Magnify black small Superdownsized logo

Enter to win 2x 2018 Jeep Wranglers [JL] courtesy of Extreme Terrain!

Enter now

Contest ends Nov. 15th. | Subject to official rules

Driving/Offroading Tips

- Fuel Limitations: Always know how much fuel you have. Plan accordingly to the length of your trip. Without enough fuel, you will be stuck until someone helps.

 

-Stay together: Always stay with your party. If you become separated, wait for them or meet at a designated meeting spot.

 

-Travel with someone: It is a very good idea to travel with someone. Your chances of getting stranded are significantly reduced when you travel with another vehicle.

 

- Clay surface roads: Roads with a clay surface can become a real problem during a rainy period. With lots of rain, they become soft making driving on them difficult.

 

-Mines, tunnels, caves, and primitive structures: Never enter a mine! Although it may appear safe, deadly gases may be present. Primitive structures such as mining remnants should also not be entered as they may be unstable. While you should use caution, still enjoy exploring these neat areas.

 

-Water crossings:  Crossing water should only be done at designated points, such as along a trail. Also, analyze the situation. Try to find out the depth of the water by using a long stick. When crossing, allow the most advanced rider to go first, then if they are successful, follow their path. The key is to just keep moving. By doing this, you create a small wake in front of the car/quad allowing you to cross deep water. Turn back if the water is quick moving or too deep as it could result in danger of everyone in the vehicle.

 

-Hills: Hills can be tricky. When going up steep hills, make sure you take the path of least resistance in order to successfully make it up the hill. Make sure you also know the type of trail it is. Loose dirt and rocks can make climbing a hill difficult. If you are on a quad, lean forward and even use a cable to ensure safety climbing a hill. Going downhill can also be a small challenge. Try not to over-use the breaks. Use engine at times to slow the vehicle down. If you begin to slide, turn into the direction of the slide in order to correct it. Use extreme caution when climbing rocky, steep, and narrow shelf roads!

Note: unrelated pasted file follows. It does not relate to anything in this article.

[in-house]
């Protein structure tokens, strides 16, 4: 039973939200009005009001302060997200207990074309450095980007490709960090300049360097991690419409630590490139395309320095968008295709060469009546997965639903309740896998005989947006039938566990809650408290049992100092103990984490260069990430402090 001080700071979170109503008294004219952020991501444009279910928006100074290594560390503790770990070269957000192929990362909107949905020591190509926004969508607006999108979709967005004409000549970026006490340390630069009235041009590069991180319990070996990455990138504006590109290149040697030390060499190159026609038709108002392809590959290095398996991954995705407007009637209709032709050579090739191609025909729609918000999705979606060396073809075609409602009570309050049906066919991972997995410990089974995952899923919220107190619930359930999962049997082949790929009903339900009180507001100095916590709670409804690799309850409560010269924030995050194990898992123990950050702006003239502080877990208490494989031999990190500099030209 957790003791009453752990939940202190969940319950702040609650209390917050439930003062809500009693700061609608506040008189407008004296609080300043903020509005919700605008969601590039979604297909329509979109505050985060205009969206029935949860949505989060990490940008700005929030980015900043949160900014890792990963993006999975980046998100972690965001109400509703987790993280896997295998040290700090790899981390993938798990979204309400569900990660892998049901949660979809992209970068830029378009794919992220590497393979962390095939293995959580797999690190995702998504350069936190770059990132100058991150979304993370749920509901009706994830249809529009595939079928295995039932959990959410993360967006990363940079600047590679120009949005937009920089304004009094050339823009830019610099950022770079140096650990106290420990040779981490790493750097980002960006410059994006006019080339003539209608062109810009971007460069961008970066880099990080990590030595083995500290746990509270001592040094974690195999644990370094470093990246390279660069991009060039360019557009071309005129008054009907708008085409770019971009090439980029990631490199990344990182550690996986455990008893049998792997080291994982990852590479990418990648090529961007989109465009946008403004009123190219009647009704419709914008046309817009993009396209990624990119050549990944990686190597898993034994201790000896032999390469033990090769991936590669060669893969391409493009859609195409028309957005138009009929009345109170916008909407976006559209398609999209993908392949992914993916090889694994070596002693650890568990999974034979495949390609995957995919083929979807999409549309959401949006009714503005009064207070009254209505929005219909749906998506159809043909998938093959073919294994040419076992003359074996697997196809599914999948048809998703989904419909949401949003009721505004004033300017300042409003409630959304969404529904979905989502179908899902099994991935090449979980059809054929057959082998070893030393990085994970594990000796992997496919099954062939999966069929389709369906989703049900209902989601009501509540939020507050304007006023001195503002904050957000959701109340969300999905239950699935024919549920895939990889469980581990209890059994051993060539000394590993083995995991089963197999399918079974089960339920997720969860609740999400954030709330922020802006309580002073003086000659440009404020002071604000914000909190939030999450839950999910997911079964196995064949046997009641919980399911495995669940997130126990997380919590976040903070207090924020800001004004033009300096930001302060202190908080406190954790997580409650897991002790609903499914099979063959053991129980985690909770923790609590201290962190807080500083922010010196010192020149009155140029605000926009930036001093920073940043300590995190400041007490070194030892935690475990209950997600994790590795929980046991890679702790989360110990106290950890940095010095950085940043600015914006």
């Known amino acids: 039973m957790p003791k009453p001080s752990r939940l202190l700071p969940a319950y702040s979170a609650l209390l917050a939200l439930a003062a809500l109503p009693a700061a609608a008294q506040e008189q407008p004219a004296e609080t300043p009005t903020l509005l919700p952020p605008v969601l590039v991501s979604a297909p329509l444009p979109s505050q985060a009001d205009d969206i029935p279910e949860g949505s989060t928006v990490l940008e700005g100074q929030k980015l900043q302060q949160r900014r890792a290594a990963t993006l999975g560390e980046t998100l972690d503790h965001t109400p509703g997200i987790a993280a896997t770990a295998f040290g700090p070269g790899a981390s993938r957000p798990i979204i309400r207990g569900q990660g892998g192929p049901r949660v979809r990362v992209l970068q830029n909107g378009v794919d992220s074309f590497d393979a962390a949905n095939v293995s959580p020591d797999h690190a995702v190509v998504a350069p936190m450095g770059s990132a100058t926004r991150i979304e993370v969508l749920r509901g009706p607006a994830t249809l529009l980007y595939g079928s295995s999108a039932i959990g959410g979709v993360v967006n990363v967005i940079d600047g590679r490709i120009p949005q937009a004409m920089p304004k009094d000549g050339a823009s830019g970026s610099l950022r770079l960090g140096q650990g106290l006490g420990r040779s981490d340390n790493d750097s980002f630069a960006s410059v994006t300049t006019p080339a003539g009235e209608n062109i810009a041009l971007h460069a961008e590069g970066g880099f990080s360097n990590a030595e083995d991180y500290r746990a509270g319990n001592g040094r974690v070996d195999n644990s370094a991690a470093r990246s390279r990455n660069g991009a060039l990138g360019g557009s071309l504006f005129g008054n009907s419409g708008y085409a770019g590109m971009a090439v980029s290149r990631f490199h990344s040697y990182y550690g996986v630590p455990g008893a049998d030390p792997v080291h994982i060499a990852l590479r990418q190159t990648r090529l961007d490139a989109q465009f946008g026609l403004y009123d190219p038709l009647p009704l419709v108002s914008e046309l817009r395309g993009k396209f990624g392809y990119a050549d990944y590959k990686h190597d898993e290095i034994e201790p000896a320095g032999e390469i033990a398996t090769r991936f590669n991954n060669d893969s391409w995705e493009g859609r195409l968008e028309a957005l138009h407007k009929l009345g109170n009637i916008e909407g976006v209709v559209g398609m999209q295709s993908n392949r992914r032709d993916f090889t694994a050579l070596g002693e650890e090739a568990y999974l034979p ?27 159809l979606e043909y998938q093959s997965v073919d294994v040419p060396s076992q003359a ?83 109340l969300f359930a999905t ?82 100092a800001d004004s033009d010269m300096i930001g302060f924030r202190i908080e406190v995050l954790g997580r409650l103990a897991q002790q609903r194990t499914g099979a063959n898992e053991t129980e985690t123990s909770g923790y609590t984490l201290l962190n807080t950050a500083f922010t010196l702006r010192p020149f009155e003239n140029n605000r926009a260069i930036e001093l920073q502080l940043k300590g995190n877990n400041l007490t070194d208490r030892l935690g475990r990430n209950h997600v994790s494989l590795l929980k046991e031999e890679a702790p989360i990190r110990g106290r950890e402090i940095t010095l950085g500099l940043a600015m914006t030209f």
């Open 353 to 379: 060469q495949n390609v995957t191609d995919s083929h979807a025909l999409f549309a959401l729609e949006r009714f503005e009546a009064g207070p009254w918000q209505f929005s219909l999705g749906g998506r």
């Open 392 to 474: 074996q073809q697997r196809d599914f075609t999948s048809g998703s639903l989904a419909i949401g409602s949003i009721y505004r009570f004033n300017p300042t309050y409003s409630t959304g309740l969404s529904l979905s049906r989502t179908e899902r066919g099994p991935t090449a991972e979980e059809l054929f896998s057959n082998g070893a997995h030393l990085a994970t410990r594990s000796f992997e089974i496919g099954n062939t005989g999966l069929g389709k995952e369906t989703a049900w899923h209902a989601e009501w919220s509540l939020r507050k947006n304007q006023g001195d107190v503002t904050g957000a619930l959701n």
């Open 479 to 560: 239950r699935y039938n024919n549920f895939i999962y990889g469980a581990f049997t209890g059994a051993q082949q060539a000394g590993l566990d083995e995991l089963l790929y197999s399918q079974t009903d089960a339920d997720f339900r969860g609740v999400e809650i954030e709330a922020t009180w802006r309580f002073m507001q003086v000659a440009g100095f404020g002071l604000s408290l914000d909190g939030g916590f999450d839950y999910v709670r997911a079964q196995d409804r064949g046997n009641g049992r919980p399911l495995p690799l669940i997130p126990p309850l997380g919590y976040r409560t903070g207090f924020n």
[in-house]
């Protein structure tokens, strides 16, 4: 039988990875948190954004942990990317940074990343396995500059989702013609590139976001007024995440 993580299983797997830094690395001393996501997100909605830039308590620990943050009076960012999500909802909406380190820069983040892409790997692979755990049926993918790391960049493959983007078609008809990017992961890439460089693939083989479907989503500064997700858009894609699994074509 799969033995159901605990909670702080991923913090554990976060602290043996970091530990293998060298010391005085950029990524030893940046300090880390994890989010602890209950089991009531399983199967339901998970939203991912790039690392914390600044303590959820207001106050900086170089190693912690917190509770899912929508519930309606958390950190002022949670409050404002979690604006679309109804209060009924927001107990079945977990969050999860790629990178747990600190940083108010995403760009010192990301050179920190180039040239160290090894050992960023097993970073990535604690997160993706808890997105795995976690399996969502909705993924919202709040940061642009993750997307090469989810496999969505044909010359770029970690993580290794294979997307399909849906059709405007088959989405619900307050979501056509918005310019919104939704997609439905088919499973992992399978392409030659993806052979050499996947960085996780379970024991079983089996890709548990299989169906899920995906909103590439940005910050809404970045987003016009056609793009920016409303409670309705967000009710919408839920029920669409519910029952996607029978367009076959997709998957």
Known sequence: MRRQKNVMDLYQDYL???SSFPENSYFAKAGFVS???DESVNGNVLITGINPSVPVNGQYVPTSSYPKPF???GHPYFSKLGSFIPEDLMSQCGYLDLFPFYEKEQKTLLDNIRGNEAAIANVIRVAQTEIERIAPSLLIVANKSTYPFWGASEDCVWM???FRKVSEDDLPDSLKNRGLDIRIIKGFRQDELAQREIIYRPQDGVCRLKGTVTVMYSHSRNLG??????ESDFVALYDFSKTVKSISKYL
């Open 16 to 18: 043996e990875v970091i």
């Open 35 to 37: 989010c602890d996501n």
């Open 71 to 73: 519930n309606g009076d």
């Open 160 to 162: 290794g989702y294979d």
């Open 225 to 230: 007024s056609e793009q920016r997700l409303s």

-Washboard roads: Washboard roads are a natural part of off-roading. While the bumps cannot be avoided, they can be reduced. Try slowing down or speeding up. If this does not help, then just tough it out.

 

-Tippy conditions: Tippy trails should be used with caution. While it may seem you are on the verge of tipping, you would be suprised at how far your vehicle can actually lean without rolling over.

 

-Blind curves: Blind curves are tight turns in which you cannot see the other side. Use caution by going around these by sticking toward the right side of the trail. Also, expect the worse, there could be a truck moving quickly around the curve, but nine times out of ten there isn't. Be careful around these turns and listen for ATV's and motorcycles (which can usually be heard).

 

-Washouts: Also refered to as ditches on this site, washouts are points on the trail in which it has literally 'washed away'. These are the result of heavy rain or rockslides. Stay as far away as possible from these areas especially when on high roads.

 

-Large obstacles: Large obstacles can be a challenge, however, if you take your time manuvering, you can make it over it. With large rocks, simply stack rocks to make the obstacle not as high. Again, pick the path of least resistance and you can make it over nearly anything.

 

-Sand: Sand is frequent all across trails in Arizona. Trails inevitabely cross numerious washes. However, by maintaining a somewhat high speed, you can easily pass through a gravely wash. Airing down your tires and steering back and forth will improve your ride through a sandy wash.